Consider incorporating – Limited companies don’t have to enter MTD until April 2020 so if you’d like more breathing space you could incorporate your business.

Please do not hesitate to get in touch if you’d like to discuss how MTD will affect you.

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10th March 2017


Filed Under: Business News, VAT

You may be aware that HMRC are amending the way the VAT flat scheme works.  The changes will affect businesses that use the VAT Flat Rate Scheme but which spend very little on goods, including raw materials – such as firms providing services.

The VAT Flat Rate Scheme simplifies the record keeping and makes it easy to work out the VAT to pay or reclaim  The flat rate scheme was designed to give the government roughly the same amount of VAT, but for smaller businesses it should be much easier to work out.  However, the government is concerned that some businesses are using the Flat Rate Scheme to pay less VAT than is appropriate.

What is changing?

The changes which affect businesses which have a very low cost base. These businesses are now called “limited cost traders”.

Limited cost traders can still use the Flat Rate Scheme, but their percentage will be 16.5%. So if they sell £120 of work, including £20 of VAT, the flat rate amount is £19.80 (£120 x 16.5%).

A limited cost trader is defined as one that spends less than 2% of its sales on goods (not services) in an accounting period.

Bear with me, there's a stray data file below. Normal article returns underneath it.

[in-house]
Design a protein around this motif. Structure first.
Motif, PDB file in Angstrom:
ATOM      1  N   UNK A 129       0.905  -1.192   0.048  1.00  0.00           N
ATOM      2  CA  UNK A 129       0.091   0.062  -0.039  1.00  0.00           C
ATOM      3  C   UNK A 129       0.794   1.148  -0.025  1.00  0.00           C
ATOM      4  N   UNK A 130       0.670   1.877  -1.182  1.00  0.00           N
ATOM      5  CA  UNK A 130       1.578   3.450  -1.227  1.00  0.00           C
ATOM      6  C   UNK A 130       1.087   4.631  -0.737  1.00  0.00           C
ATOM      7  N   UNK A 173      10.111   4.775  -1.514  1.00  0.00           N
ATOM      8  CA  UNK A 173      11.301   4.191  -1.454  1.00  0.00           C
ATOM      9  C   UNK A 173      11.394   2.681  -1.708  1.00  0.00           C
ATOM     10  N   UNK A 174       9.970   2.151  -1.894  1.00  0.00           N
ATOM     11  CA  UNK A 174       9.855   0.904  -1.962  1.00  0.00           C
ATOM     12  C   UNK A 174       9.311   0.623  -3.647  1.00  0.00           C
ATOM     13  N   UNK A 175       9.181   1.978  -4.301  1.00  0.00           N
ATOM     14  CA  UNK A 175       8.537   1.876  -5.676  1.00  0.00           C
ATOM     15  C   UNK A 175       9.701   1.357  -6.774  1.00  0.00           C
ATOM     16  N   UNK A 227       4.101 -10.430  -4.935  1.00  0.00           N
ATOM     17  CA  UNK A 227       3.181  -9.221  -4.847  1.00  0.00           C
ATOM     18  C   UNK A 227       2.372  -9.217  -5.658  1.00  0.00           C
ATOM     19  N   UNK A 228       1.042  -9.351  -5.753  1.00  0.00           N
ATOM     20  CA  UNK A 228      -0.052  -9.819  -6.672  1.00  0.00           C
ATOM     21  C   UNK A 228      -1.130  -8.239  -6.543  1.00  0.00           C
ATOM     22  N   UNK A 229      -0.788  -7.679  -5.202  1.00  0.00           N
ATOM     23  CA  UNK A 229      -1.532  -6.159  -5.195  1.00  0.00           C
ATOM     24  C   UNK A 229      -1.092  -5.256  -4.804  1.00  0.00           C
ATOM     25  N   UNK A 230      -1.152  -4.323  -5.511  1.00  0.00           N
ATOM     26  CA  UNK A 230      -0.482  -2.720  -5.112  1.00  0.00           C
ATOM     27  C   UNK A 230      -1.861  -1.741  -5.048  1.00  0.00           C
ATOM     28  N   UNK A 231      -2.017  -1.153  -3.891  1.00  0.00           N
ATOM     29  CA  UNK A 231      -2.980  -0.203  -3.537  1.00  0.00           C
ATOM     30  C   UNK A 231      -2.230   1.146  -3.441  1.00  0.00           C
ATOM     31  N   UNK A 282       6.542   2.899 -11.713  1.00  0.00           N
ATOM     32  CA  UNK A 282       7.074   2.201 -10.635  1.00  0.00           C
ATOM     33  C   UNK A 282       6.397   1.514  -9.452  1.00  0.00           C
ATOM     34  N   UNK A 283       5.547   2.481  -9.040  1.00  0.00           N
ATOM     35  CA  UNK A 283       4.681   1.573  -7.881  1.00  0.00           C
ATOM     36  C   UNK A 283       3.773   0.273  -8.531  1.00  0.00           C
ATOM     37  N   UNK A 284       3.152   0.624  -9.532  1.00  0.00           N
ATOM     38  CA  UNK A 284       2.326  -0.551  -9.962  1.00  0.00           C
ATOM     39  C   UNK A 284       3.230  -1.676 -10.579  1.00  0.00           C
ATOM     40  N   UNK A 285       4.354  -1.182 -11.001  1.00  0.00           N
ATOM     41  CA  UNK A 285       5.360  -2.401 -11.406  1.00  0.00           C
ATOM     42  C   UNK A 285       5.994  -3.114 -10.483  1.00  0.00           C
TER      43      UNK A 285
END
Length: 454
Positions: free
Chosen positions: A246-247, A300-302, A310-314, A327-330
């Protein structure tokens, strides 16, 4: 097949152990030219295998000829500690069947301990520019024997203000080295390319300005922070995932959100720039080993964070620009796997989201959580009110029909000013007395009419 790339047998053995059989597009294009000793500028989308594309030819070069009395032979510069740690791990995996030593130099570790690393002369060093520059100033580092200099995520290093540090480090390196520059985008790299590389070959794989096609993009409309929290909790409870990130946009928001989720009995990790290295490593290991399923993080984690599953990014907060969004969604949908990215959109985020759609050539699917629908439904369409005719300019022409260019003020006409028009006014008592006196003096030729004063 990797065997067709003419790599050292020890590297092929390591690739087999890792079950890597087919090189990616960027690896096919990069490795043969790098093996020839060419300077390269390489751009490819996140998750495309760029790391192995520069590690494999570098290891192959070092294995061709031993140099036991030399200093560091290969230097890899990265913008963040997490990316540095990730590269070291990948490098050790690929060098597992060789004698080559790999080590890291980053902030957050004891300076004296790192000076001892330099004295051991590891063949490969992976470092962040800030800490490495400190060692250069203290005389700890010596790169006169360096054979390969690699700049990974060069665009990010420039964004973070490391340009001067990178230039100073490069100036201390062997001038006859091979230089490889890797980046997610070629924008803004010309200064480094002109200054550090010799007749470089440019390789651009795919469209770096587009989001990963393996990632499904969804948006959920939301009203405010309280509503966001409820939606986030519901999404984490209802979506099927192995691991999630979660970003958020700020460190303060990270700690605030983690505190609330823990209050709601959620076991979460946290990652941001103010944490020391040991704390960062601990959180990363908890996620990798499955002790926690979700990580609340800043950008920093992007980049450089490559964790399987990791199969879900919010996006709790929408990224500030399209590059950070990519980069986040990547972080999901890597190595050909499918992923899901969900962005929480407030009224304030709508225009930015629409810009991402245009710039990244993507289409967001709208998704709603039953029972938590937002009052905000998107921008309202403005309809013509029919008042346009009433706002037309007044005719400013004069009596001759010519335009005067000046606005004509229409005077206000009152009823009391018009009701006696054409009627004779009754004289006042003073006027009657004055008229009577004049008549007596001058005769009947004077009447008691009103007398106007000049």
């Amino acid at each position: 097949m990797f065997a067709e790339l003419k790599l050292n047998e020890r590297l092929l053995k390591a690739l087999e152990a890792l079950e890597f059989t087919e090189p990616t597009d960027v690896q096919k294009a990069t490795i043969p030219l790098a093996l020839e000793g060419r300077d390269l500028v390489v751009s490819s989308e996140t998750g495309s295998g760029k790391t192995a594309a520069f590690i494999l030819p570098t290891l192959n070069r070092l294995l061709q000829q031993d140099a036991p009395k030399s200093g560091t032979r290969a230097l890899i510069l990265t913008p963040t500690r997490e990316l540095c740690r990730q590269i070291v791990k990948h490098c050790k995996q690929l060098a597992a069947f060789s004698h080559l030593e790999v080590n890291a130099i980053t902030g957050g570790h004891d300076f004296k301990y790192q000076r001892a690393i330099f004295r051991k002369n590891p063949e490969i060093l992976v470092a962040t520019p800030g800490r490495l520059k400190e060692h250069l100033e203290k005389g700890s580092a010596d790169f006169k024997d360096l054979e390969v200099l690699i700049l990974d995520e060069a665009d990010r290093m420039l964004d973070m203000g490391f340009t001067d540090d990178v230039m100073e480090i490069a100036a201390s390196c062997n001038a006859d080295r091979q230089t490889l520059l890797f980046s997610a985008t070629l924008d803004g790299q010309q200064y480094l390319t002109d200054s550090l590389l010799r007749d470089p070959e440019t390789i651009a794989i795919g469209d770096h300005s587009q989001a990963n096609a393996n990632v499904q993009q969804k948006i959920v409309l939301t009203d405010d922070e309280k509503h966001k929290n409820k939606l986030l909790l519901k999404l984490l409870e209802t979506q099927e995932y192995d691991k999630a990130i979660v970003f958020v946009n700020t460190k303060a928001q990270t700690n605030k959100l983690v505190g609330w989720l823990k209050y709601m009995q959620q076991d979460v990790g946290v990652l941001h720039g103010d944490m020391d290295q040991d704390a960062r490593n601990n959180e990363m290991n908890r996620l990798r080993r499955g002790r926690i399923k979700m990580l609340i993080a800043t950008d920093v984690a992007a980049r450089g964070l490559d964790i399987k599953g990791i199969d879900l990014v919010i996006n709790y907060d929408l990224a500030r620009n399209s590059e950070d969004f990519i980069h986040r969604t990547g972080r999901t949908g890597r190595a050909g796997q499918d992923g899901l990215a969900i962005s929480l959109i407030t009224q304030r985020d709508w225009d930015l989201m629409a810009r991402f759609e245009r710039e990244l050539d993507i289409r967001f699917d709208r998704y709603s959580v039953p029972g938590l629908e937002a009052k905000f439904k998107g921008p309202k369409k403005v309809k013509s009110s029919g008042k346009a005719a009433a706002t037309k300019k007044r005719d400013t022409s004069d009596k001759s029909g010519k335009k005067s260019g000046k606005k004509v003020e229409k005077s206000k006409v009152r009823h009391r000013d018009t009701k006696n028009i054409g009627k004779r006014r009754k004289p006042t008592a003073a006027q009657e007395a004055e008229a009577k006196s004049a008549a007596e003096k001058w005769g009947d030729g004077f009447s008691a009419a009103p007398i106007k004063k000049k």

When working out the amount spent on goods, it cannot include purchases of:

  • capital goods (such as new equipment used in a business)
  • food and drink (such as lunches for staff)
  • vehicles or parts for vehicles (unless running a vehicle hiring business)

Who will this affect?

You’re a limited cost business if the amount you spend on relevant goods including VAT is either:

  • less than 2% of your VAT flat rate turnover
  • greater than 2% of your VAT flat rate turnover but less than £1000 per year

If your return is less than one year the figure is the relevant proportion of £1000. For a quarterly return this is £250.

For some businesses this will be clear, other businesses – particularly those whose goods are close to 2% – may need to complete this test each time they complete their VAT return. This is because you can move from a limited cost rate of 16.5% in one period to your relevant sector rate in another. This would happen if your costs fluctuate above and below 2%.

What to do next?

Firstly you’ll need to check to see if you are a limited cost business.  The easiest way to do this is to use HMRC’s calculator.  This can be found using the following link:


If you’re a limited cost trader this means that you may pay more VAT than you do on standard accounting – you may want to check to make sure the Flat Rate Scheme or, if your voluntary registered, whether being VAT registered is still right for you.

Example 1

A business has a flat rate turnover of £10,000 a quarter. It spends £260 on relevant goods.

This is more than 2% of the flat rate turnover and more than £250 so the rate they need to use is the sector rate for their business.

Example 2

A business has a flat rate turnover of £20,000 a quarter. It spends £325 on relevant goods.

This is more than £250 but less than 2% of the flat rate turnover so the rate they need to use is 16.5%.

Example 3

A business has a flat rate turnover of £10,000 a quarter. It spends £225 on relevant goods.

This is more than 2% of the flat rate turnover but less than £250 so the rate they need to use is 16.5%.